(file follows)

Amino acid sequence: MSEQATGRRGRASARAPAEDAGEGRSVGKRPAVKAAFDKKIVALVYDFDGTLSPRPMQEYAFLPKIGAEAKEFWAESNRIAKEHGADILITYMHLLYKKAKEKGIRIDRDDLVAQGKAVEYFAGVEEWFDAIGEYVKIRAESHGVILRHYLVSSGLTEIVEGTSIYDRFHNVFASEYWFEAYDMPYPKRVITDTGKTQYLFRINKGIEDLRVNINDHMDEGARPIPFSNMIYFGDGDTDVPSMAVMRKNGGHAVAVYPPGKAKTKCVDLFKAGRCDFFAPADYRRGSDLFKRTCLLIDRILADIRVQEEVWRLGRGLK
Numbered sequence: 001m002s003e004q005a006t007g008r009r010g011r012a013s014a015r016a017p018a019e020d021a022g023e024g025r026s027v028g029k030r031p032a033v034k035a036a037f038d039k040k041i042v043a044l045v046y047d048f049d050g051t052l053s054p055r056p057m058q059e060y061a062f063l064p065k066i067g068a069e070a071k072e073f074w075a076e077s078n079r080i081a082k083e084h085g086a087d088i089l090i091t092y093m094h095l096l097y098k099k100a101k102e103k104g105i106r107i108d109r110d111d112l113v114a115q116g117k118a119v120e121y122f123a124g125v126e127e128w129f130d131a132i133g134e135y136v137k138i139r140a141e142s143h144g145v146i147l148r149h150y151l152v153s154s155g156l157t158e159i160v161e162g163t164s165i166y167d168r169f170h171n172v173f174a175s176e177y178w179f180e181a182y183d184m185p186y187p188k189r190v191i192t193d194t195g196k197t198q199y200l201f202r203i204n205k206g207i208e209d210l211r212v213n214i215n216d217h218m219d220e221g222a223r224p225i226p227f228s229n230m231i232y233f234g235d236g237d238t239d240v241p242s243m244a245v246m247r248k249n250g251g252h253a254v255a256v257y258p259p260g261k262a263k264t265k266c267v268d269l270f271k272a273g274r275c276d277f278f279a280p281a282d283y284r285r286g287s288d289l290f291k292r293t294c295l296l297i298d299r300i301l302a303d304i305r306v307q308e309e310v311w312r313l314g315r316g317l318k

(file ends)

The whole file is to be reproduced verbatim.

Amino acid sequence: MSEQATGRRGRASARAPAEDAGEGRSVGKRPAVKAAFDKKIVALVYDFDGTLSPRPMQEYAFLPKIGAEAKEFWAESNRIAKEHGADILITYMHLLYKKAKEKGIRIDRDDLVAQGKAVEYFAGVEEWFDAIGEYVKIRAESHGVILRHYLVSSGLTEIVEGTSIYDRFHNVFASEYWFEAYDMPYPKRVITDTGKTQYLFRINKGIEDLRVNINDHMDEGARPIPFSNMIYFGDGDTDVPSMAVMRKNGGHAVAVYPPGKAKTKCVDLFKAGRCDFFAPADYRRGSDLFKRTCLLIDRILADIRVQEEVWRLGRGLK
Numbered sequence: 001m002s003e004q005a006t007g008r009r010g011r012a013s014a015r016a017p018a019e020d021a022g023e024g025r026s027v028g029k030r031p032a033v034k035a036a037f038d039k040k041i042v043a044l045v046y047d048f049d050g051t052l053s054p055r056p057m058q059e060y061a062f063l064p065k066i067g068a069e070a071k072e073f074w075a076e077s078n079r080i081a082k083e084h085g086a087d088i089l090i091t092y093m094h095l096l097y098k099k100a101k102e103k104g105i106r107i108d109r110d111d112l113v114a115q116g117k118a119v120e121y122f123a124g125v126e127e128w129f130d131a132i133g134e135y136v137k138i139r140a141e142s143h144g145v146i147l148r149h150y151l152v153s154s155g156l157t158e159i160v161e162g163t164s165i166y167d168r169f170h171n172v173f174a175s176e177y178w179f180e181a182y183d184m185p186y187p188k189r190v191i192t193d194t195g196k197t198q199y200l201f202r203i204n205k206g207i208e209d210l211r212v213n214i215n216d217h218m219d220e221g222a223r224p225i226p227f228s229n230m231i232y233f234g235d236g237d238t239d240v241p242s243m244a245v246m247r248k249n250g251g252h253a254v255a256v257y258p259p260g261k262a263k264t265k266c267v268d269l270f271k272a273g274r275c276d277f278f279a280p281a282d283y284r285r286g287s288d289l290f291k292r293t294c295l296l297i298d299r300i301l302a303d304i305r306v307q308e309e310v311w312r313l314g315r316g317l318k